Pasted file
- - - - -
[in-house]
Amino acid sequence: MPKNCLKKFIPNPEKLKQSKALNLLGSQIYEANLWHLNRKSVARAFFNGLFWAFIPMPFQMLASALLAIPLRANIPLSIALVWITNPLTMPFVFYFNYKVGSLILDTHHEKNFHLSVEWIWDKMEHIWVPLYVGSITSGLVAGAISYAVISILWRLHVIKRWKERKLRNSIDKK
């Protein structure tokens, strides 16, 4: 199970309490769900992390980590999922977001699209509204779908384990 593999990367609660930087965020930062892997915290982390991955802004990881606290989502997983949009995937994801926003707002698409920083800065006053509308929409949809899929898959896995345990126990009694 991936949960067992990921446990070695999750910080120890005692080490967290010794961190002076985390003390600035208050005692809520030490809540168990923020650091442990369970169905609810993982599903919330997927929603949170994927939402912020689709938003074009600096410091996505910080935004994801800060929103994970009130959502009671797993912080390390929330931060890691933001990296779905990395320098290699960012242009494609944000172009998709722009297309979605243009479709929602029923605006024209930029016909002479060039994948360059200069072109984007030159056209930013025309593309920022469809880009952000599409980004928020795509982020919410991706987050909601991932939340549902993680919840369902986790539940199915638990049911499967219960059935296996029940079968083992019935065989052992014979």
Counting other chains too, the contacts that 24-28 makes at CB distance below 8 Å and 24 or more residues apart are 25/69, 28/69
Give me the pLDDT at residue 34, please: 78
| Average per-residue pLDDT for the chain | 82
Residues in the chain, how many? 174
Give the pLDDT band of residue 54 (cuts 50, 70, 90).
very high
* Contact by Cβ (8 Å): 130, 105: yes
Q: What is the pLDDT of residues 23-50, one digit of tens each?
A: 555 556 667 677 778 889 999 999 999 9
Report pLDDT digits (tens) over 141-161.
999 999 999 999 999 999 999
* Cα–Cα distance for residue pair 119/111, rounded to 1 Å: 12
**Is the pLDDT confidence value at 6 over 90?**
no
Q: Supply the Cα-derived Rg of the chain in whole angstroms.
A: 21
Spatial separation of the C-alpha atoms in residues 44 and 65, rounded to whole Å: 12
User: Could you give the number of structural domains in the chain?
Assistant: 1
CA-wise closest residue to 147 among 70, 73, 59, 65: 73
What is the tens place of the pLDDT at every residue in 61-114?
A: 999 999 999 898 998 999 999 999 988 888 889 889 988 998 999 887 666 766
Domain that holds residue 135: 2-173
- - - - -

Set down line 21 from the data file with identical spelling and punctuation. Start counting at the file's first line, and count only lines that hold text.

User: Could you give the number of structural domains in the chain?